Femi Falana, human rights lawyer, has disclosed that Tukur Buratai, Nigeria’s ambassador to Benin Republic, requested that Yoruba activist, Sunday Adeyemo, better known as Sunday Igboho, should be handed over to him, but was told to follow the right process.
Igboho, who is currently in detention in Benin Republic, was arrested on July 19 in Cotonou, the country’s capital, by security forces while trying to flee to Germany.
The charges by the federal government against Igboho, who has been agitating for Yoruba nation, include arms smuggling, inciting violence and calling for a secession of the Yoruba from Nigeria.
Speaking on the development on Thursday, Falana, in a programme on Channels Television, said Buratai, the former chief of army staff, made the request to the government of Benin Republic when he had not even presented his Letter of Credence
The senior advocate argued that the federal government must always follow the appropriate legal process in dealing with secessionists, saying he learnt that there were attempts to throw Igboho into a waiting plane for return to Nigeria when he was arrested.
“In the case of Sunday Igboho, again despite my disagreement with him, I came out to say you cannot just throw him into a waiting plane as we were told, it was attempted”, he said.
“You have to go to court. You have to make a request under international law, under the ECOWAS convention on extradition.
“The government of Nigeria is requested to submit an extradition request to the government of Benin Republic and so when the plenipotentiary, General Yusuf Buratai (retired), who at that time had not submitted his letters of credence asked that Igboho be handed over to him.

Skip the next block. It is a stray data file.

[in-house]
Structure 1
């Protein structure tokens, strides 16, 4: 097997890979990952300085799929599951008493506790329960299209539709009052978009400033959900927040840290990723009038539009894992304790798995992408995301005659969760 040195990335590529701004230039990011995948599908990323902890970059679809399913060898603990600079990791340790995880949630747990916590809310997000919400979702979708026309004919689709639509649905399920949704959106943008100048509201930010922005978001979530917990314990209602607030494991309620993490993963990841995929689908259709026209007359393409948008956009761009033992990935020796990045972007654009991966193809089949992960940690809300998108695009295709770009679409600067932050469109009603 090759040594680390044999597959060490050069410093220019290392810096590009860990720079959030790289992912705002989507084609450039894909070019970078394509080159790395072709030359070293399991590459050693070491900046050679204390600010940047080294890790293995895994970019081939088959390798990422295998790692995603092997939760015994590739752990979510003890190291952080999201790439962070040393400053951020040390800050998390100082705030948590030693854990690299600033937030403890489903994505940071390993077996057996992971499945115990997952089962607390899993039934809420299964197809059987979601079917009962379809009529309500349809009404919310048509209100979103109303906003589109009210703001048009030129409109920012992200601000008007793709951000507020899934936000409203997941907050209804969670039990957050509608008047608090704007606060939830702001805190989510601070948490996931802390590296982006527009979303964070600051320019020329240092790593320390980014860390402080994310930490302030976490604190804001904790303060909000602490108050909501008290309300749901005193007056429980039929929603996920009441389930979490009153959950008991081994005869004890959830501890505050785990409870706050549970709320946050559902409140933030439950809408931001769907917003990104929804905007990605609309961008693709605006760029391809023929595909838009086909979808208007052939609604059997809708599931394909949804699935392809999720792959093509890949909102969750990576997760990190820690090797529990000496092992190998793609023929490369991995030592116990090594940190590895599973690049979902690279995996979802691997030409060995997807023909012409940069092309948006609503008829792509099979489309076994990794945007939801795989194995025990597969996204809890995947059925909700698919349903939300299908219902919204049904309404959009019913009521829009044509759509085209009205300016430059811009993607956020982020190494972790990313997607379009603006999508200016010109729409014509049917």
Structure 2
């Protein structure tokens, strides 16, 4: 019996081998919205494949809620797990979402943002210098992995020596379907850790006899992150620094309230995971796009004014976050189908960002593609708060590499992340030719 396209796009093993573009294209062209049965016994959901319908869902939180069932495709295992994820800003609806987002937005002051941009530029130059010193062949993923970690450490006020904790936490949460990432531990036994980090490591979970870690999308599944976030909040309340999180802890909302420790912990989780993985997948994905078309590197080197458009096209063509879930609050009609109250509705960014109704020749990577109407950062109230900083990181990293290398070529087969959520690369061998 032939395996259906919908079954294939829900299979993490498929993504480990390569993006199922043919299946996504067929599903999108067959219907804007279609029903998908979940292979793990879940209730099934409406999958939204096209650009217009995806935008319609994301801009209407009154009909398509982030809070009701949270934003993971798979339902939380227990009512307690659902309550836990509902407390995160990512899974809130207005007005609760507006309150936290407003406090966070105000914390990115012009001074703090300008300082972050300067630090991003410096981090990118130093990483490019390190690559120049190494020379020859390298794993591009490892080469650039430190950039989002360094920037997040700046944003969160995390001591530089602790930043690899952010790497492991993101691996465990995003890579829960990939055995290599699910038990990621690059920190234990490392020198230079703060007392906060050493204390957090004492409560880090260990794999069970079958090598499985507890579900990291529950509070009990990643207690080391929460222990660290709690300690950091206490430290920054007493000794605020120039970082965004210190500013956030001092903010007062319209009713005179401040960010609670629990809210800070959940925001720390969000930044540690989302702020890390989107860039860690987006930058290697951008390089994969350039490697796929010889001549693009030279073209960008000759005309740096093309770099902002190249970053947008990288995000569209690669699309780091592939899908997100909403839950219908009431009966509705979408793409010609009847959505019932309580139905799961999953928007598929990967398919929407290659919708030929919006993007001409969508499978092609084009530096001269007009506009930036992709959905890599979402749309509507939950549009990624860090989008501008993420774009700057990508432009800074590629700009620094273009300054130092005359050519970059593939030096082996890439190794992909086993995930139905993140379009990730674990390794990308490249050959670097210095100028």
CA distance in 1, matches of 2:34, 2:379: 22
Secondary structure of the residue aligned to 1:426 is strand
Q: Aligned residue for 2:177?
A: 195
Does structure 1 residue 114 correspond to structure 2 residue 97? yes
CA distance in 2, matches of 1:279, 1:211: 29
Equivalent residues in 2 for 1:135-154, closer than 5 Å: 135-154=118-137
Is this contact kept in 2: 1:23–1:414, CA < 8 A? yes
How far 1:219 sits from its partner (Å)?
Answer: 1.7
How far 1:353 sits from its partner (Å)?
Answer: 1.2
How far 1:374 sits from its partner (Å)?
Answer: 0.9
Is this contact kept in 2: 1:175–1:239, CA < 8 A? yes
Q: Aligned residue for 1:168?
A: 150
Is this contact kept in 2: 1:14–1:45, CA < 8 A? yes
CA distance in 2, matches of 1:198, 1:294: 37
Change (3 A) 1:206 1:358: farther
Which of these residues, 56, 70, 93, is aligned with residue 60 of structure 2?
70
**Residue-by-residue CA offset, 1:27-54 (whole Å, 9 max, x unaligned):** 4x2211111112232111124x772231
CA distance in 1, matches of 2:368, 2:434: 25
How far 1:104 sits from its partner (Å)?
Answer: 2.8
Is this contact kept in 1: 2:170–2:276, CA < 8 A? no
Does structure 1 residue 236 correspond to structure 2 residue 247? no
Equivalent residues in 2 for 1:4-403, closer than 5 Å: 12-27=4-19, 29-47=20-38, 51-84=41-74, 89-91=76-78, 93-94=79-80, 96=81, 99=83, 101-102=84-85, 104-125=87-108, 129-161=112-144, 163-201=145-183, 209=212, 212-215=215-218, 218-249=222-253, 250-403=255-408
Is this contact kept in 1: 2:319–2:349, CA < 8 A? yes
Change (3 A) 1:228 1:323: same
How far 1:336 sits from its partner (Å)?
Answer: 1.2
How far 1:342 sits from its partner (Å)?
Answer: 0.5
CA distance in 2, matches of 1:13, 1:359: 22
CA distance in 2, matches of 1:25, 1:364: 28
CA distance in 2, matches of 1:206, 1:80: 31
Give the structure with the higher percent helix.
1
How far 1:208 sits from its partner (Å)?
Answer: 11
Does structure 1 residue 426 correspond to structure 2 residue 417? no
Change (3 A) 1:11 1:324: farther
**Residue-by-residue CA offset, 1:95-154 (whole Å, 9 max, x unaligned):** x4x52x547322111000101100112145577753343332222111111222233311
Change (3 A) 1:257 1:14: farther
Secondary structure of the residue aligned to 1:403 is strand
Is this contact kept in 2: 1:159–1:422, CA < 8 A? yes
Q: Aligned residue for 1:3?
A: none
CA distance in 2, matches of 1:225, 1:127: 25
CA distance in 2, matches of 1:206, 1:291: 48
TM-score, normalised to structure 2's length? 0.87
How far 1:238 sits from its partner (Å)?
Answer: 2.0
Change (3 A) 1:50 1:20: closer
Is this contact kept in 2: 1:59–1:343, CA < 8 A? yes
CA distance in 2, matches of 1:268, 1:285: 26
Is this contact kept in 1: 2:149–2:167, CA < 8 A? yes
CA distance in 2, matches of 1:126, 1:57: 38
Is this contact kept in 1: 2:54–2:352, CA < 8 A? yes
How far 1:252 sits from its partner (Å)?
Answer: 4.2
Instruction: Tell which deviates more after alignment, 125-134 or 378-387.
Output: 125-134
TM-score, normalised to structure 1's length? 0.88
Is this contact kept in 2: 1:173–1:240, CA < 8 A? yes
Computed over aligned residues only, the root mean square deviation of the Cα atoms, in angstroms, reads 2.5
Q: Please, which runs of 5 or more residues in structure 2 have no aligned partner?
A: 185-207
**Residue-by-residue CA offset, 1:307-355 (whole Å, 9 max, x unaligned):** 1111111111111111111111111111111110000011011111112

“He was told, ‘sorry, we operate the rule of law here’. That is why that matter is still in court”.
Falana noted that he is opposed to the break-up of the country, but the law guarantees the rights of self-determination.
The lawyer asked the federal government to respect human rights and always follow the legal process while dealing with those calling for secession.
“Unless we respect the rights of our people and the human rights of people in our country, we are going to be embarrassed continuously,” he stated.
“And that is what has just happened in the United States, where a senator has moved a motion that certain aircraft should not be sold to Nigeria because of gross human rights violation.
“I have a fundamental disagreement, a fundamental ideologically disagreement with those calling for the break-up of the country along ethnic lines but the law has imposed a duty on the government.
“And the rest of us, respect the rights of such people and in fact article 20 of the African Charter of Human and Peoples’ Rights guarantees the rights to self-determination.”